Everything changes, all of the time.
I am not fooled by the beautiful hot afternoon with the doors fully open onto the garden. The morning and its telltale dew, heavy enough for Daisy to leave prints across the kitchen as if she’d been standing in water, are reminder enough that summer is leaving and autumn is preparing to fall upon us.
This is a time of year which brings with it so much mixed emotion. The end of things preceding the beginning of others. The hope and anticipation, at the beginning of the long summer holidays, now whittled away to just a few hours.
With my birthday at the end of August, it always seemed that I had my own personal marker for the end of summer. The point at which to put away the frivolous and carefree in order to prepare for an altogether more serious time.
The evidence suggests this is more than mere fancy. Many of the most defining experiences of my life have come in the autumn after, on reflection, I had managed to hang on for dear life through the emotionally sweltering and sultry months of summer.
If I were to categorise these experiences I could easily place them in two piles. “breakups” and “breakdowns”. Sometimes one led to another but often they were unrelated.
Autumn is perhaps the most impactful seasonal reminder of change. Everything is the same until, suddenly, everything is different. I think I learned about change through autumn, coming to see it as something inevitable rather than impossible.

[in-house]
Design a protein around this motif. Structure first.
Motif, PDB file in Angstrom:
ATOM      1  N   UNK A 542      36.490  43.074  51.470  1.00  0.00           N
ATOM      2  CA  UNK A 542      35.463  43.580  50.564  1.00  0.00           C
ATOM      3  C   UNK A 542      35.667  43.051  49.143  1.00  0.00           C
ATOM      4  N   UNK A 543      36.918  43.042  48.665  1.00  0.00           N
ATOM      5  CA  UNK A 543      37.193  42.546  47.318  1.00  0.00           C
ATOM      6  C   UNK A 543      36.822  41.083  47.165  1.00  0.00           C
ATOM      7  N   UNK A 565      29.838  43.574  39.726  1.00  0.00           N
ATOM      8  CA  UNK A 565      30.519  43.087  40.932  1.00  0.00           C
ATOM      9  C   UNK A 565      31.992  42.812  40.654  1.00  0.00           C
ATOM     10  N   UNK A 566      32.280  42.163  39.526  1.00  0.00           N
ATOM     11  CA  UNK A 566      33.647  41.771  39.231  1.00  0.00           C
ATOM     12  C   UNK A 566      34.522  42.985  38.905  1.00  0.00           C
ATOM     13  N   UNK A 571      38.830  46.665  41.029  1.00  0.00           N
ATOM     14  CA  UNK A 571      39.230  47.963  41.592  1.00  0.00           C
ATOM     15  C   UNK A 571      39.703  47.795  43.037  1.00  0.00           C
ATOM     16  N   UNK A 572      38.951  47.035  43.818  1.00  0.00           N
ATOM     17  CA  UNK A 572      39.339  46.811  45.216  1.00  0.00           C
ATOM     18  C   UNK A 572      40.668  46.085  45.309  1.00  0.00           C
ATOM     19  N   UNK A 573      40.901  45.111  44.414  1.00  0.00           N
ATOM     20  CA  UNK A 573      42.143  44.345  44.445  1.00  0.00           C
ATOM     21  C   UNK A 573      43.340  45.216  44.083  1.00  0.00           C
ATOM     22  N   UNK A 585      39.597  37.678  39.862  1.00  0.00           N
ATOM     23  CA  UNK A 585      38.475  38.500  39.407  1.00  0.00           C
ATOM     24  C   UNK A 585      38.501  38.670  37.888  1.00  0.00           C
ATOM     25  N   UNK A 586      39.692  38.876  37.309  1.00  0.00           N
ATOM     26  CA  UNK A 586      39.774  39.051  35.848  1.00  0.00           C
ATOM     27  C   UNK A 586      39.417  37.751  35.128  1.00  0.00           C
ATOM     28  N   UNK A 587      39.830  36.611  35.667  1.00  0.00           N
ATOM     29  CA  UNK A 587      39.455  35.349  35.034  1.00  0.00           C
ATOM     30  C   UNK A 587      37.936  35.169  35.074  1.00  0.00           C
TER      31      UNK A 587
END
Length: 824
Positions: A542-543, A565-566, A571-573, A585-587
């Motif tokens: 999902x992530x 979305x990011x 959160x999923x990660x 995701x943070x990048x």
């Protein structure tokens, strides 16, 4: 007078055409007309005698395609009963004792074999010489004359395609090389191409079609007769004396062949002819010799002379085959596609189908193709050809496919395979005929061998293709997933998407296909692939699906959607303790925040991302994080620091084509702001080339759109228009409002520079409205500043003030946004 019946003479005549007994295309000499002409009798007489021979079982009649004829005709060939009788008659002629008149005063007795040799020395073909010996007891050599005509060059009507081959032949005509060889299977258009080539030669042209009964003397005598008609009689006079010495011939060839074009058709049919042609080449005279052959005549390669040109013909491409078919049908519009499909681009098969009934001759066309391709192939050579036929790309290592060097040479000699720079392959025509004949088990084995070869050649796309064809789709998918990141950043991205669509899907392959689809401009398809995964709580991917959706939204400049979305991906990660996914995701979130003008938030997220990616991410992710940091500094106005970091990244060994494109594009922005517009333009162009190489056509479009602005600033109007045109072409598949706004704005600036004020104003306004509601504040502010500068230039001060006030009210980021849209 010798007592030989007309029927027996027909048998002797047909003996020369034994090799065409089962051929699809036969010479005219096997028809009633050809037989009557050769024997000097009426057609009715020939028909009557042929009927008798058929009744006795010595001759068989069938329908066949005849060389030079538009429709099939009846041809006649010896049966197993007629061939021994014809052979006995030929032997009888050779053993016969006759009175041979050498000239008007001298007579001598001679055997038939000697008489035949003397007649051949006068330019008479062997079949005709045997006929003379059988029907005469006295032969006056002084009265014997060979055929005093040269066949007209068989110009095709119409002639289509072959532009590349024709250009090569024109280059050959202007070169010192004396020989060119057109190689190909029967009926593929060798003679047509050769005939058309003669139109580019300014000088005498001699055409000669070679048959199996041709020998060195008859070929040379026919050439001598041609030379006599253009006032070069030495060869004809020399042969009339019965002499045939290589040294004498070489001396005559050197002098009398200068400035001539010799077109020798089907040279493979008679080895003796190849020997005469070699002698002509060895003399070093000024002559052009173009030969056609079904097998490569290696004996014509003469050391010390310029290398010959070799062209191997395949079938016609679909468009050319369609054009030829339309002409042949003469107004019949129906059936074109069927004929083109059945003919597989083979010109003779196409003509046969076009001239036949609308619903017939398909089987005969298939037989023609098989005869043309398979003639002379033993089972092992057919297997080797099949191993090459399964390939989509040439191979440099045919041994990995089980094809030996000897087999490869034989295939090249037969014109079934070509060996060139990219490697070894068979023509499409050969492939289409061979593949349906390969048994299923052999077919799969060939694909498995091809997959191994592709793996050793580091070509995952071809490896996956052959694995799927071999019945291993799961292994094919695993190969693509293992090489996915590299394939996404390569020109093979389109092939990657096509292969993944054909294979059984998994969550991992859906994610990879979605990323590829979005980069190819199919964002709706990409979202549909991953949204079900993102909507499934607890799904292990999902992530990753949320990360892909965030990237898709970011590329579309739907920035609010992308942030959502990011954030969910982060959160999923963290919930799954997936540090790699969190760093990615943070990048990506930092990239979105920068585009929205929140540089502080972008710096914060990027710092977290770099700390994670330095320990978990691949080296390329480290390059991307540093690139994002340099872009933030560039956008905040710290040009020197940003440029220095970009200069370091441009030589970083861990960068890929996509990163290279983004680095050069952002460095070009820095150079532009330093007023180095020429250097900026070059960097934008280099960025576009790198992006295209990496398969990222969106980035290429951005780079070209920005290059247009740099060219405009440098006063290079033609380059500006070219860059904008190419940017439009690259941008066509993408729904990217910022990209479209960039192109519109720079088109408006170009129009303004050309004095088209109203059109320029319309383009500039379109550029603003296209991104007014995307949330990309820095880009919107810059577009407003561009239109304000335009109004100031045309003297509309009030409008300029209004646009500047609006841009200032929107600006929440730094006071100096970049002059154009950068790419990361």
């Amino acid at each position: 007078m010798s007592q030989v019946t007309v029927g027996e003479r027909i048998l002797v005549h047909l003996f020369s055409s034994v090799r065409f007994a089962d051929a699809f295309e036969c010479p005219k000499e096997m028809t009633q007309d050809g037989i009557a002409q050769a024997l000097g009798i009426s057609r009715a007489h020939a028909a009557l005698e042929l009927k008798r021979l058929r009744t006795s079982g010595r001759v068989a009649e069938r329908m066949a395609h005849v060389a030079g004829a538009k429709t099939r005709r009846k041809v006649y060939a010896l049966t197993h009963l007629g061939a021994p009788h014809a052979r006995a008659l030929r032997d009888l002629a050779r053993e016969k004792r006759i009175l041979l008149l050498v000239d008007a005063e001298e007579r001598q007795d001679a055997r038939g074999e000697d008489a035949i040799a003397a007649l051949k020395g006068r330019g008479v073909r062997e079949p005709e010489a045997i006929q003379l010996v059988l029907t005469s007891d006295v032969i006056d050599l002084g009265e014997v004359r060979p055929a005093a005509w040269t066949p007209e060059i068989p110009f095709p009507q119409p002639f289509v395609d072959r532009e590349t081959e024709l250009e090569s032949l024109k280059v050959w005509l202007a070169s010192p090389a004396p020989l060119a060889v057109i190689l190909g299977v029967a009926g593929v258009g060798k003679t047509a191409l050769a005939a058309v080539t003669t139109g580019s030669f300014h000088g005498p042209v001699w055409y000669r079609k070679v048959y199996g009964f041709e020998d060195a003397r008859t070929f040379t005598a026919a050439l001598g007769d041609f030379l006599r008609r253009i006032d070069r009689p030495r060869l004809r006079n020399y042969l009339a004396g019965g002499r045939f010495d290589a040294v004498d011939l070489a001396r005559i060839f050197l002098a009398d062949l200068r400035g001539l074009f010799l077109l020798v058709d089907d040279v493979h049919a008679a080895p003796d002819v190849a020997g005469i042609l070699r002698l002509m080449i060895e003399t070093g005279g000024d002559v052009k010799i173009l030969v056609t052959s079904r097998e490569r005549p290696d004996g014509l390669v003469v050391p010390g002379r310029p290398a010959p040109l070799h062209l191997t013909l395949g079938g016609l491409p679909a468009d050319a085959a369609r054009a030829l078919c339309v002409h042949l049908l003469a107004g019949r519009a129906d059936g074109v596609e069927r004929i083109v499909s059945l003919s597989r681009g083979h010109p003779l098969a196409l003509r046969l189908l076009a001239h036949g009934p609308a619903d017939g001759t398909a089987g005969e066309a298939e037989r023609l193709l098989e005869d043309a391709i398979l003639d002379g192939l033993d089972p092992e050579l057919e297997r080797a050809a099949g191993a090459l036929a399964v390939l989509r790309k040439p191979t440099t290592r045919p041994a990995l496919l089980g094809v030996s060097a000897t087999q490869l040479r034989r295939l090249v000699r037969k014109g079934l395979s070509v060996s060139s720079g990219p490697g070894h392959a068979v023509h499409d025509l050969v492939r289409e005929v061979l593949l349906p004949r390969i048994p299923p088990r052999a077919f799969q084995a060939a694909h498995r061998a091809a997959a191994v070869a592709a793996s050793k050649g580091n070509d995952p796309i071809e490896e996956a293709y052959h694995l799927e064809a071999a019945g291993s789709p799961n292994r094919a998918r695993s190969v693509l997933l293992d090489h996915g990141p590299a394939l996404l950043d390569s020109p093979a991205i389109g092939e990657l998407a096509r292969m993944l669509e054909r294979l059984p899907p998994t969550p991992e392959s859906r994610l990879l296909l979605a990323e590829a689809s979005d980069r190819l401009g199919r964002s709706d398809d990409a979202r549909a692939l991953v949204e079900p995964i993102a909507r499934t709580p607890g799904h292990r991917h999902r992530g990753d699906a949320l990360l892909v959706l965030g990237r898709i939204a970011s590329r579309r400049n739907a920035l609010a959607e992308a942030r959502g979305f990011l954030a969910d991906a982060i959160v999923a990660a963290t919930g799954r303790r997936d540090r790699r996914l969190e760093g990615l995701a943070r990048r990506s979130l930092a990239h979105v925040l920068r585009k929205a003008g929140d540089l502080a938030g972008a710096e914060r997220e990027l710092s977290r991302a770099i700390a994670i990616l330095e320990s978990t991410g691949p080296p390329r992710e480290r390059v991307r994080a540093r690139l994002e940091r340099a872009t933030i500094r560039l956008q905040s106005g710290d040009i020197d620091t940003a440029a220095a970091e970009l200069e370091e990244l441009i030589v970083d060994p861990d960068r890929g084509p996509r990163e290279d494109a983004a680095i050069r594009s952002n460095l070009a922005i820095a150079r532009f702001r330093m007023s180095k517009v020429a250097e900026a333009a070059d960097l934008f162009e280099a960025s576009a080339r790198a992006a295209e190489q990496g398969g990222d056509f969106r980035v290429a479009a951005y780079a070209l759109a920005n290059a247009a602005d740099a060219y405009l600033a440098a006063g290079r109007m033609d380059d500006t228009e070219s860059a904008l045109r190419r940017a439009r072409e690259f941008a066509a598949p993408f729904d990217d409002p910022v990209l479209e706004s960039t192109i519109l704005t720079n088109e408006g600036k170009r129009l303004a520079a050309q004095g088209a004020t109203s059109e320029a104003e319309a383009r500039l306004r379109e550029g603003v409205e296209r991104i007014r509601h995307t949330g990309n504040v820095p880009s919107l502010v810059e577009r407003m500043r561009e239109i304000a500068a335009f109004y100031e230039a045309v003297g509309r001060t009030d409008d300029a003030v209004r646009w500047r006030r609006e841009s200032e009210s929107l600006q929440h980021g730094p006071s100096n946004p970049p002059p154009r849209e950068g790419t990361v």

Is it possible that one of the most devastating and fundamental misjudgments we make about our lives is that change is difficult?
Of course, in a sense, it is. Once we have walked the same road thousands of times it becomes a compelling route for us to take, but it is still a choice.
When a client, stuck in a destructive, demeaning relationship or burdened by self-loathing asks, “so how can I change?” it is both the easiest and most difficult question I am ever asked.
There isn’t a set of instructions, there’s only a path. But you can only find it with belief and hope.
Across the short expanse of water where the dogs like to play, the level has risen so that Daisy can’t get across by walking. Seeing Flynn bound across by virtue of his long lurcher legs she follows, soon out of her depth. This is the point at which she learns she can swim. So she does.
Daisy’s blind faith that she could do it meant that she could. This might be a rule that doesn’t always work but when it comes to emotional change, it nearly always does.
They say that you don’t have to teach a dog how to swim, just when to swim.
Maybe humans don’t need to be taught how to change, just when to.
Then the question must alter and everything looks different. Instead of “How do I change?” we must ask, “When shall I change?”
No longer confused and stuck, but liberated and full of hope.
So as the summer begins to fade maybe we can take the seasons passing as a way to remember that change is constant, and to maintain destructive and negative beliefs about ourselves is taking a lot of effort. Simpler surely to let go, maintain hope, and move towards a more beautiful autumn.